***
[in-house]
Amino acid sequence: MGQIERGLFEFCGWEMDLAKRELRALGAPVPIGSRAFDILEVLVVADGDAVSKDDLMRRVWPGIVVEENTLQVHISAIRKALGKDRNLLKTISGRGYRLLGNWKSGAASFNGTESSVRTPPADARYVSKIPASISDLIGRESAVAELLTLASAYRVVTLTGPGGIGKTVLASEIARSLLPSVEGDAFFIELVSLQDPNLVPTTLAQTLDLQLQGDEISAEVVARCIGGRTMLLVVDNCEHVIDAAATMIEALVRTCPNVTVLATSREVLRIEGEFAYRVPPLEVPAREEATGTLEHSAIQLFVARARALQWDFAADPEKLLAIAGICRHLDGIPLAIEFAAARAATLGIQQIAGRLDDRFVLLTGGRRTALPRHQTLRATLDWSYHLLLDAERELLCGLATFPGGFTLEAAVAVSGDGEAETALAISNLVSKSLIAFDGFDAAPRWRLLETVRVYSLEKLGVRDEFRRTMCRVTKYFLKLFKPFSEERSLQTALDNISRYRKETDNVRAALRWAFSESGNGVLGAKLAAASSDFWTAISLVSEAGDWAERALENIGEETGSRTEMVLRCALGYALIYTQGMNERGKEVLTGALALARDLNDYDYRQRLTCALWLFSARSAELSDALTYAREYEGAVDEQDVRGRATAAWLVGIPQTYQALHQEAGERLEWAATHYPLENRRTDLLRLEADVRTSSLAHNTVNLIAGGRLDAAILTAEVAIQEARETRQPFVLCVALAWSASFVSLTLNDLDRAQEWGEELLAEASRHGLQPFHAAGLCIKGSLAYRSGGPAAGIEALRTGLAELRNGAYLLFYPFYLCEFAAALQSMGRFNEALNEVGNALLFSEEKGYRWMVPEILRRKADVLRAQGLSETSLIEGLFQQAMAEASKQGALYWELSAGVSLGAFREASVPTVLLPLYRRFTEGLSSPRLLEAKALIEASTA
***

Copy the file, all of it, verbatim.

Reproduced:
[in-house]
Amino acid sequence: MGQIERGLFEFCGWEMDLAKRELRALGAPVPIGSRAFDILEVLVVADGDAVSKDDLMRRVWPGIVVEENTLQVHISAIRKALGKDRNLLKTISGRGYRLLGNWKSGAASFNGTESSVRTPPADARYVSKIPASISDLIGRESAVAELLTLASAYRVVTLTGPGGIGKTVLASEIARSLLPSVEGDAFFIELVSLQDPNLVPTTLAQTLDLQLQGDEISAEVVARCIGGRTMLLVVDNCEHVIDAAATMIEALVRTCPNVTVLATSREVLRIEGEFAYRVPPLEVPAREEATGTLEHSAIQLFVARARALQWDFAADPEKLLAIAGICRHLDGIPLAIEFAAARAATLGIQQIAGRLDDRFVLLTGGRRTALPRHQTLRATLDWSYHLLLDAERELLCGLATFPGGFTLEAAVAVSGDGEAETALAISNLVSKSLIAFDGFDAAPRWRLLETVRVYSLEKLGVRDEFRRTMCRVTKYFLKLFKPFSEERSLQTALDNISRYRKETDNVRAALRWAFSESGNGVLGAKLAAASSDFWTAISLVSEAGDWAERALENIGEETGSRTEMVLRCALGYALIYTQGMNERGKEVLTGALALARDLNDYDYRQRLTCALWLFSARSAELSDALTYAREYEGAVDEQDVRGRATAAWLVGIPQTYQALHQEAGERLEWAATHYPLENRRTDLLRLEADVRTSSLAHNTVNLIAGGRLDAAILTAEVAIQEARETRQPFVLCVALAWSASFVSLTLNDLDRAQEWGEELLAEASRHGLQPFHAAGLCIKGSLAYRSGGPAAGIEALRTGLAELRNGAYLLFYPFYLCEFAAALQSMGRFNEALNEVGNALLFSEEKGYRWMVPEILRRKADVLRAQGLSETSLIEGLFQQAMAEASKQGALYWELSAGVSLGAFREASVPTVLLPLYRRFTEGLSSPRLLEAKALIEASTA